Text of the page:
Genevia was a character played by actress Nina Vanna in the film The Man Without Desire (1923).

Genevra
Genevra was a character name in multiple films, including The Talk of the Town (1918) and The Man from Brodney’s (1923).

Gentian
Gentian Tyrell was a character played by actress Gladys Franzin in the film Let Not Man Put Assunder (1924).

Genya
Genya Smetana was a character played by actress Pola Negri in the film Hi Diddle Diddle (1943).

  • Usage of the baby name Genya.

George-Anne
George-Anne Carleton was a character played by actress Janet Gaynor in the film The Young in Heart (1938).

Georgette
Georgette was a character name in multiple films, including A Husband’s Awakening (short, 1912) and So This Is Paris (1926).

Georgi
Georgi Gragore was a character played by actress Hedy Lamarr in the film I Take This Woman (1940).

  • Usage of the baby name Georgi.

Georgie
Georgie Hastings was a character played by actress Sally O’Neil in the film The Lovelorn (1927).

Georgine
Georgine was a character name in multiple films, including The French Doll (1923) and Play Girl (1932).

Gerda
Gerda Holmes was an actress who appeared in films in the 1910s. She was born in Illinois in 1892. Gerda was also a character name in multiple films, including Three Sinners (1928) and Babies for Sale (1940).

  • Usage of the baby name Gerda.

Germaine
Germaine De Neel was an actress who appeared in films in the 1930s. She was born in Canada in 1911. Germaine was also a character name in multiple films, including Evening Clothes (1927) and The Great Garrick (1937).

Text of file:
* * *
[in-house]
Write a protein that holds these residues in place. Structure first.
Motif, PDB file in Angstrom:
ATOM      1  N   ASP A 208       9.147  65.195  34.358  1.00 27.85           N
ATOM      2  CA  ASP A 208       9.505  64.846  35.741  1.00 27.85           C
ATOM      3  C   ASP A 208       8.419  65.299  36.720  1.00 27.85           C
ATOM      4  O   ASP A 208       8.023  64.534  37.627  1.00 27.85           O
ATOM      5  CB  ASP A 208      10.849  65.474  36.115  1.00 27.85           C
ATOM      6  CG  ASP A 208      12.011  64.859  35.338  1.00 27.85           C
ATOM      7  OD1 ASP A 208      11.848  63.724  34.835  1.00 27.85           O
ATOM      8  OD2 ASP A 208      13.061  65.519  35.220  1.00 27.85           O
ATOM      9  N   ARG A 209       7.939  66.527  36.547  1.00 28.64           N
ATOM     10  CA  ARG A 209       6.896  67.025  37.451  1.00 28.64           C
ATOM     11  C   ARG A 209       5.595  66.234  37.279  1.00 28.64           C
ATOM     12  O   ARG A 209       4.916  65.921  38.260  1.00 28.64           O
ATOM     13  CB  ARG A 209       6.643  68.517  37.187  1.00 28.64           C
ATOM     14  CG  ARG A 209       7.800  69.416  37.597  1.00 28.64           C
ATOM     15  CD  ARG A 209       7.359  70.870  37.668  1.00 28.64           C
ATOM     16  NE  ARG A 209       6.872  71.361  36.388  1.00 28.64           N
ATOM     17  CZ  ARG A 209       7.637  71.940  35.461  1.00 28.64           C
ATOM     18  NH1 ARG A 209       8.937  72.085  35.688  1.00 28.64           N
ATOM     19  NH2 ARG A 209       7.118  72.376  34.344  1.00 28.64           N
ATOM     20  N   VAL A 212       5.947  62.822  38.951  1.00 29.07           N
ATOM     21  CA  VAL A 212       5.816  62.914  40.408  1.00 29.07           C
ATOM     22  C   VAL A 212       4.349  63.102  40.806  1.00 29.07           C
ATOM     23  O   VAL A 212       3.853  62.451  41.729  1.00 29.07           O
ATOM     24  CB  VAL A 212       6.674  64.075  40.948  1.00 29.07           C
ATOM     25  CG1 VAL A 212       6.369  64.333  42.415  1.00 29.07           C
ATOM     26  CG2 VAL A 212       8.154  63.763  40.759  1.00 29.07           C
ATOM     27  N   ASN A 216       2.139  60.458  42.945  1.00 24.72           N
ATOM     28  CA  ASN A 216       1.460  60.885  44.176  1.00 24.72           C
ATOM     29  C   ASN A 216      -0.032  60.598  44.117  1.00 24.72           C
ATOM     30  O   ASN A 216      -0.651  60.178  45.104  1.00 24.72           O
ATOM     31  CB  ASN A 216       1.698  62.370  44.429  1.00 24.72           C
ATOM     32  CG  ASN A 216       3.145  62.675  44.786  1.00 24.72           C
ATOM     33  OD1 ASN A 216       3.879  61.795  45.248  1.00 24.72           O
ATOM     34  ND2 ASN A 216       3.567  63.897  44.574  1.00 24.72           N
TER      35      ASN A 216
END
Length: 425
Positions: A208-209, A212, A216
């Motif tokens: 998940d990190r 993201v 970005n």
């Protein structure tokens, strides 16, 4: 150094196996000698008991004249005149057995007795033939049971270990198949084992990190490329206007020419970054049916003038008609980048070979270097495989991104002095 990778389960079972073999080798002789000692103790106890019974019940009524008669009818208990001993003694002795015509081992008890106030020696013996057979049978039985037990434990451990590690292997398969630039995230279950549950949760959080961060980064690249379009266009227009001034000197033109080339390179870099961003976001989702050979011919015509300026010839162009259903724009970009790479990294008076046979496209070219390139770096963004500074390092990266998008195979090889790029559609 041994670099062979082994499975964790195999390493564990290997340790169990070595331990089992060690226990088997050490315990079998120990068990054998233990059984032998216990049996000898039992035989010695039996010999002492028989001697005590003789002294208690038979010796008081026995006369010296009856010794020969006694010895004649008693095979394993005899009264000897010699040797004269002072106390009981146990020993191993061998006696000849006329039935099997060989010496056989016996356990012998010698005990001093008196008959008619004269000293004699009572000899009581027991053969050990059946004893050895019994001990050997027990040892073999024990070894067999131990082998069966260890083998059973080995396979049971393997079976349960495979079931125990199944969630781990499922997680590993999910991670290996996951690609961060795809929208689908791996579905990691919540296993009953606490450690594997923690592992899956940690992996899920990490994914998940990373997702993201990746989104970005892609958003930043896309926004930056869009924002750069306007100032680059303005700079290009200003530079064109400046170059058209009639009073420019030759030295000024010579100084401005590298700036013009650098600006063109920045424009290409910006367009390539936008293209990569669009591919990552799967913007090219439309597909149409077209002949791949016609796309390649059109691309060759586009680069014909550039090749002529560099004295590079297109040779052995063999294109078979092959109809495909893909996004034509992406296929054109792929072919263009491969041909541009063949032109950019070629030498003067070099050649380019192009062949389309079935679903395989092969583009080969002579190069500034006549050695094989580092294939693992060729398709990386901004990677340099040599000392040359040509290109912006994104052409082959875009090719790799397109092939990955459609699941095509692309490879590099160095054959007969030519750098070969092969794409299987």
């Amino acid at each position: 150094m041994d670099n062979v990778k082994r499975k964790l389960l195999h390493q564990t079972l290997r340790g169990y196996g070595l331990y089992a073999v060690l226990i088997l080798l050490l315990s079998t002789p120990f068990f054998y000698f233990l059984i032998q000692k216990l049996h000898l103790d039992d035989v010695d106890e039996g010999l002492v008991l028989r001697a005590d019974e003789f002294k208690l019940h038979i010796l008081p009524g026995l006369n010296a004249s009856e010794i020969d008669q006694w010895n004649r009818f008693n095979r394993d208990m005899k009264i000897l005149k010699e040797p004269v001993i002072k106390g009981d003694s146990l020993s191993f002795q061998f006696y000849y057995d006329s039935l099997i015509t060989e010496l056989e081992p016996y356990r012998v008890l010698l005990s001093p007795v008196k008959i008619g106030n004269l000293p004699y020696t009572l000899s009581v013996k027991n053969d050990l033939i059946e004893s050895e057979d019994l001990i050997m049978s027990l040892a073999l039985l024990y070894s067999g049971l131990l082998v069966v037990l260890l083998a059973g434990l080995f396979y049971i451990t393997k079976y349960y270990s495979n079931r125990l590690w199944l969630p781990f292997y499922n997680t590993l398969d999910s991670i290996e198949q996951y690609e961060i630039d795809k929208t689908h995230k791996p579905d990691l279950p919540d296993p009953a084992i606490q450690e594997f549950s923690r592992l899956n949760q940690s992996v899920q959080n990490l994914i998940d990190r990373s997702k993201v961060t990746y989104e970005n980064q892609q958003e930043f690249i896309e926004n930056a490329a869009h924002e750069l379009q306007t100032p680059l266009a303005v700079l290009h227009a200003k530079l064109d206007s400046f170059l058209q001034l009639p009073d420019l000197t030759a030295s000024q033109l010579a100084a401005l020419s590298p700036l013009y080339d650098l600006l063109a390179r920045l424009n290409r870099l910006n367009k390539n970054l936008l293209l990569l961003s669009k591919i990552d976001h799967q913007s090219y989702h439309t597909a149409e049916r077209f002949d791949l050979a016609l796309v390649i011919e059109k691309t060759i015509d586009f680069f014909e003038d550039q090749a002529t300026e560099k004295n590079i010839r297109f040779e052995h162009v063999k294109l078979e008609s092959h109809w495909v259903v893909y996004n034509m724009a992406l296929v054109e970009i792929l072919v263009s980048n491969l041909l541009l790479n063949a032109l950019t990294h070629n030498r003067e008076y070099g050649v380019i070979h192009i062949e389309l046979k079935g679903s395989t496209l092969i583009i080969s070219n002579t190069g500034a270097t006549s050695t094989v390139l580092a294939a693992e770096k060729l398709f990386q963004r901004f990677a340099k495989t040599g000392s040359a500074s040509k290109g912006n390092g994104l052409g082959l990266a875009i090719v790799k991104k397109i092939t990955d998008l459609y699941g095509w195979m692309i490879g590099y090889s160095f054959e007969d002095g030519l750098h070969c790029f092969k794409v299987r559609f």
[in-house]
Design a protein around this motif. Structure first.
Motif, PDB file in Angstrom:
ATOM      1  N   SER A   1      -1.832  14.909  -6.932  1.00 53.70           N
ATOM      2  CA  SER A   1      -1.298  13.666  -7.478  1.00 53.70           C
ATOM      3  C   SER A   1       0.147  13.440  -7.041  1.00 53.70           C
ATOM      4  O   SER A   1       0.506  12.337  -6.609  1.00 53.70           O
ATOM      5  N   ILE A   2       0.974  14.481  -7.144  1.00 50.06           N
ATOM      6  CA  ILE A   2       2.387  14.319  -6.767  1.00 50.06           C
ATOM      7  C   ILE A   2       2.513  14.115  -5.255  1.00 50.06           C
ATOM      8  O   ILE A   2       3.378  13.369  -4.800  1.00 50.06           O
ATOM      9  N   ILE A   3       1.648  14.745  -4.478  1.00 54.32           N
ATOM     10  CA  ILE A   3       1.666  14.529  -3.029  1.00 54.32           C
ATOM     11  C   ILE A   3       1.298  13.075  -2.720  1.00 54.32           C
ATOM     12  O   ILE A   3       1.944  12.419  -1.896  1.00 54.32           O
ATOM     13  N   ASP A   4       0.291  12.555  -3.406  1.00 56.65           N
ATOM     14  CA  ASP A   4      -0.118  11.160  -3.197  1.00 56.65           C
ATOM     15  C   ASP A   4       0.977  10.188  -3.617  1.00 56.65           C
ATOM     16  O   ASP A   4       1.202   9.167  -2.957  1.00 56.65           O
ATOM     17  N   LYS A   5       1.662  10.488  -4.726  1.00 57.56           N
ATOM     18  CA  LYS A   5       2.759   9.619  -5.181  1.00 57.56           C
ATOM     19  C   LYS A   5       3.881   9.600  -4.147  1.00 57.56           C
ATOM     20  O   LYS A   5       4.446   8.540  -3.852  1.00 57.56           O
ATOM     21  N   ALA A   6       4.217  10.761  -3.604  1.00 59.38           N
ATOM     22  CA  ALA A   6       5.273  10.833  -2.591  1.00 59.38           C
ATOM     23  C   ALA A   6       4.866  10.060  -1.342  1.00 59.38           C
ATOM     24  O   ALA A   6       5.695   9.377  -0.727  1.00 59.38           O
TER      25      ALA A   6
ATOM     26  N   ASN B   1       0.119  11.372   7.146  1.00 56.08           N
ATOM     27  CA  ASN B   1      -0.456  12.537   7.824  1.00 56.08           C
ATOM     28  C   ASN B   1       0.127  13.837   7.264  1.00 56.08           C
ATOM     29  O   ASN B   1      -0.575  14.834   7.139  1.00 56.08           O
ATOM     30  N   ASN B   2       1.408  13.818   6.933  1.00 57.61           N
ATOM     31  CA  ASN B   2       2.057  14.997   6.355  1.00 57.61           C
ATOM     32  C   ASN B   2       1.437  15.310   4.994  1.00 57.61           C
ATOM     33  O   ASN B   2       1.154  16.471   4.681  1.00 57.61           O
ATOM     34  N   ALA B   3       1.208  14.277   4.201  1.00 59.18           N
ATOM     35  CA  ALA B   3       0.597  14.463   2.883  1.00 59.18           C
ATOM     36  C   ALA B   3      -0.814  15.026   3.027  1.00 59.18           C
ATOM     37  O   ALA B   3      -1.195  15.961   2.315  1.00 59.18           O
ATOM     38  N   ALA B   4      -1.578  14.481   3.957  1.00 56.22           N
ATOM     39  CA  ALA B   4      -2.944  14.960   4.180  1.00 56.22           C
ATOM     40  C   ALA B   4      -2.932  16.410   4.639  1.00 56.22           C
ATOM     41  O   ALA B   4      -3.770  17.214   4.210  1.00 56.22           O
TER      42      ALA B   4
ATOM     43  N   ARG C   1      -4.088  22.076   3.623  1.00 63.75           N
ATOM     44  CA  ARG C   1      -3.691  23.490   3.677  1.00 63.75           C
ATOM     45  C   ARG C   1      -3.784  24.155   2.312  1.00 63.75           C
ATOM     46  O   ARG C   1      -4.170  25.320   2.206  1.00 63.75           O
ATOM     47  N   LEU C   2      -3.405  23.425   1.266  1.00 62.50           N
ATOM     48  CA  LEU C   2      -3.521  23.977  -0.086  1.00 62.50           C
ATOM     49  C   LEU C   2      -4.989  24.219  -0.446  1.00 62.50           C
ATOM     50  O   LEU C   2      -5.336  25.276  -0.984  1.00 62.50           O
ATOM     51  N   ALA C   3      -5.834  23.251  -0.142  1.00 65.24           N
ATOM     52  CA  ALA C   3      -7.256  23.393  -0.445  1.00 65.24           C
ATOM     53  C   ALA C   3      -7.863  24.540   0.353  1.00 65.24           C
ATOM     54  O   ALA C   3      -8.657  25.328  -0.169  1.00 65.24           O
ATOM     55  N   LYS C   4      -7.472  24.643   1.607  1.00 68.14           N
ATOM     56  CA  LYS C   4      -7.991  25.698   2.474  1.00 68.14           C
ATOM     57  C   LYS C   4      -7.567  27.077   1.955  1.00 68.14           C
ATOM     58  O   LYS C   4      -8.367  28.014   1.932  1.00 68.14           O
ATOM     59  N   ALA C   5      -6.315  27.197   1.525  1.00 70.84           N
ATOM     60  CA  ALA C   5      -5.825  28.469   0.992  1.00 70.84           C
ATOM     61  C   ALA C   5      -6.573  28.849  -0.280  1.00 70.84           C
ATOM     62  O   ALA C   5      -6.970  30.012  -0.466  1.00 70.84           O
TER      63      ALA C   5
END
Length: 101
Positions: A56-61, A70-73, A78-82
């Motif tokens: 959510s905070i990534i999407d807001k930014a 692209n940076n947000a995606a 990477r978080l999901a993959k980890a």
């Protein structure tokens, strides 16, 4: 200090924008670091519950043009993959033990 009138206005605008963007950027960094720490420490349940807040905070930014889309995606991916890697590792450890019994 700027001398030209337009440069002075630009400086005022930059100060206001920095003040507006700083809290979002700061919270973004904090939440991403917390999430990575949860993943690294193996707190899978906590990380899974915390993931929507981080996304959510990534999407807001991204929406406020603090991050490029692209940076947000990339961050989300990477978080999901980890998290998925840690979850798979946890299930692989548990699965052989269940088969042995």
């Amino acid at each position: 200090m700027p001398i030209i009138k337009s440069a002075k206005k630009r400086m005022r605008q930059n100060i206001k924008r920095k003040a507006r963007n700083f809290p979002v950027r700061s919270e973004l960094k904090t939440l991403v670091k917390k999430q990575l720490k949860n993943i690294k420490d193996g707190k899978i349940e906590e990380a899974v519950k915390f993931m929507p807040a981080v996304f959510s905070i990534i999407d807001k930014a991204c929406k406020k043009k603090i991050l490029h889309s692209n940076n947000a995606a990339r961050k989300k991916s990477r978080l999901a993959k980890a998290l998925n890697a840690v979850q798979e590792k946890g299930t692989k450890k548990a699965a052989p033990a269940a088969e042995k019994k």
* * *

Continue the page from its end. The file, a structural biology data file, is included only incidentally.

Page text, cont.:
Gerry
Gerry was a character name in multiple films, including Daring Danger (1932) and Tail Spin (1939).

  • Usage of the baby name Gerry.

Gerta
Gerta Klangi was a character played by actress Tala Birell in the film The Captain Hates the Sea (1934).

  • Usage of the baby name Gerta.

Gertie
Gertie was a character name in multiple films, including Lamplighter (1921) and Gold Dust Gertie (1931).

  • Usage of the baby name Gertie.

Gertrude
Gertrude McCoy was an actress who appeared in films from the 1910s to the 1920s. She was born in Georgia in 1890. Gertrude Robinson was an actress who appeared in films from the 1900s to the 1920s. She was born in New York in 1890. Gertrude was also a character name in multiple films, such as Coming-Out Party (1934).

Ghirlaine
Ghirlaine was a character played by actress Doris Kenyon in the film The Blonde Saint (1926).

Ghita
Ghita Galin was a character played by actress Alice Brady in the film Metropolitan (1935).

  • Usage of the baby name Ghita.

Ghula
Ghula was a character played by actress Dolly Larkin in the short film The Message of the Rose (1913).

Giacinta
Giacinta was a character played by actress Cissy Fitzgerald in the film Laugh, Clown, Laugh (1928).

Giannina
Giannina was a character played by actress Mary Pickford in the short film The Violin Maker of Cremona (1909).

Gigi